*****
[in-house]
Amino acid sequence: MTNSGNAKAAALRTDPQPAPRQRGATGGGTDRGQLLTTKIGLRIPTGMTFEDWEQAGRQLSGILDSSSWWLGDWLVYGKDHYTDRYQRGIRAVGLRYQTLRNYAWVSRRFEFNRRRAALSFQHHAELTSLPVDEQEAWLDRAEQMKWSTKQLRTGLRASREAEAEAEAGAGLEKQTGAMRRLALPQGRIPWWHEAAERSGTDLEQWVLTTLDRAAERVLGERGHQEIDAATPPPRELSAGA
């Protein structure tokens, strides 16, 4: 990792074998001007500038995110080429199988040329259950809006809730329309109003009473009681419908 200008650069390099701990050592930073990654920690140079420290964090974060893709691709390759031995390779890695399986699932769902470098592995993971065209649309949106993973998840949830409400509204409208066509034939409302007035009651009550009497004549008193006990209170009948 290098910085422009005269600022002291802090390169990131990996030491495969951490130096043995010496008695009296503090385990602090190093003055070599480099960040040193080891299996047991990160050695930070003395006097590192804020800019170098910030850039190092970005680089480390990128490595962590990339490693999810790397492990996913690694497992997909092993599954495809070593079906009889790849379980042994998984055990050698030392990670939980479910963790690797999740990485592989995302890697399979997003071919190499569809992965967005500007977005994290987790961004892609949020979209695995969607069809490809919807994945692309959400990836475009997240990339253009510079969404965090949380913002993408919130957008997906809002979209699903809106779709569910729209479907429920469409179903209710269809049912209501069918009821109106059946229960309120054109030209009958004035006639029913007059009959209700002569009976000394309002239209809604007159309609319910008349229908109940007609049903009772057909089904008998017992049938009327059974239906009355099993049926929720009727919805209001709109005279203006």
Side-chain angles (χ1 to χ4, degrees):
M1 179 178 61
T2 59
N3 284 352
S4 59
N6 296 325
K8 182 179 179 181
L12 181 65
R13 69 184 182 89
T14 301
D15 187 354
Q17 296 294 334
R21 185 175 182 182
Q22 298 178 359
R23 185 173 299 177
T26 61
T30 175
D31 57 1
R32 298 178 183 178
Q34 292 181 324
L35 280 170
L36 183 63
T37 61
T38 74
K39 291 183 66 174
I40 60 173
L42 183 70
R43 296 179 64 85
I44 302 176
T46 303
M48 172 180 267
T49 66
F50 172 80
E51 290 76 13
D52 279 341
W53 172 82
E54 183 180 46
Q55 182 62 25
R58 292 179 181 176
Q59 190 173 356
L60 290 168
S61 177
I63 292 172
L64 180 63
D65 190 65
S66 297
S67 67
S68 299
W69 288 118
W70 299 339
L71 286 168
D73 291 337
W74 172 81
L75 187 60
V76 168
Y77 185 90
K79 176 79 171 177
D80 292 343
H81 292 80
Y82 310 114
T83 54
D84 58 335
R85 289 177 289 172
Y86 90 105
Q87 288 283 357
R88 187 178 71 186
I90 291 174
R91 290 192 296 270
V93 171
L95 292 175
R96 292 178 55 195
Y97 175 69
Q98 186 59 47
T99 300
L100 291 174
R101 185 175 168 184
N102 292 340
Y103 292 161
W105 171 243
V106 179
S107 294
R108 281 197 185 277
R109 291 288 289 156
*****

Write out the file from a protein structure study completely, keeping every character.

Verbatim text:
[in-house]
Amino acid sequence: MTNSGNAKAAALRTDPQPAPRQRGATGGGTDRGQLLTTKIGLRIPTGMTFEDWEQAGRQLSGILDSSSWWLGDWLVYGKDHYTDRYQRGIRAVGLRYQTLRNYAWVSRRFEFNRRRAALSFQHHAELTSLPVDEQEAWLDRAEQMKWSTKQLRTGLRASREAEAEAEAGAGLEKQTGAMRRLALPQGRIPWWHEAAERSGTDLEQWVLTTLDRAAERVLGERGHQEIDAATPPPRELSAGA
């Protein structure tokens, strides 16, 4: 990792074998001007500038995110080429199988040329259950809006809730329309109003009473009681419908 200008650069390099701990050592930073990654920690140079420290964090974060893709691709390759031995390779890695399986699932769902470098592995993971065209649309949106993973998840949830409400509204409208066509034939409302007035009651009550009497004549008193006990209170009948 290098910085422009005269600022002291802090390169990131990996030491495969951490130096043995010496008695009296503090385990602090190093003055070599480099960040040193080891299996047991990160050695930070003395006097590192804020800019170098910030850039190092970005680089480390990128490595962590990339490693999810790397492990996913690694497992997909092993599954495809070593079906009889790849379980042994998984055990050698030392990670939980479910963790690797999740990485592989995302890697399979997003071919190499569809992965967005500007977005994290987790961004892609949020979209695995969607069809490809919807994945692309959400990836475009997240990339253009510079969404965090949380913002993408919130957008997906809002979209699903809106779709569910729209479907429920469409179903209710269809049912209501069918009821109106059946229960309120054109030209009958004035006639029913007059009959209700002569009976000394309002239209809604007159309609319910008349229908109940007609049903009772057909089904008998017992049938009327059974239906009355099993049926929720009727919805209001709109005279203006």
Side-chain angles (χ1 to χ4, degrees):
M1 179 178 61
T2 59
N3 284 352
S4 59
N6 296 325
K8 182 179 179 181
L12 181 65
R13 69 184 182 89
T14 301
D15 187 354
Q17 296 294 334
R21 185 175 182 182
Q22 298 178 359
R23 185 173 299 177
T26 61
T30 175
D31 57 1
R32 298 178 183 178
Q34 292 181 324
L35 280 170
L36 183 63
T37 61
T38 74
K39 291 183 66 174
I40 60 173
L42 183 70
R43 296 179 64 85
I44 302 176
T46 303
M48 172 180 267
T49 66
F50 172 80
E51 290 76 13
D52 279 341
W53 172 82
E54 183 180 46
Q55 182 62 25
R58 292 179 181 176
Q59 190 173 356
L60 290 168
S61 177
I63 292 172
L64 180 63
D65 190 65
S66 297
S67 67
S68 299
W69 288 118
W70 299 339
L71 286 168
D73 291 337
W74 172 81
L75 187 60
V76 168
Y77 185 90
K79 176 79 171 177
D80 292 343
H81 292 80
Y82 310 114
T83 54
D84 58 335
R85 289 177 289 172
Y86 90 105
Q87 288 283 357
R88 187 178 71 186
I90 291 174
R91 290 192 296 270
V93 171
L95 292 175
R96 292 178 55 195
Y97 175 69
Q98 186 59 47
T99 300
L100 291 174
R101 185 175 168 184
N102 292 340
Y103 292 161
W105 171 243
V106 179
S107 294
R108 281 197 185 277
R109 291 288 289 156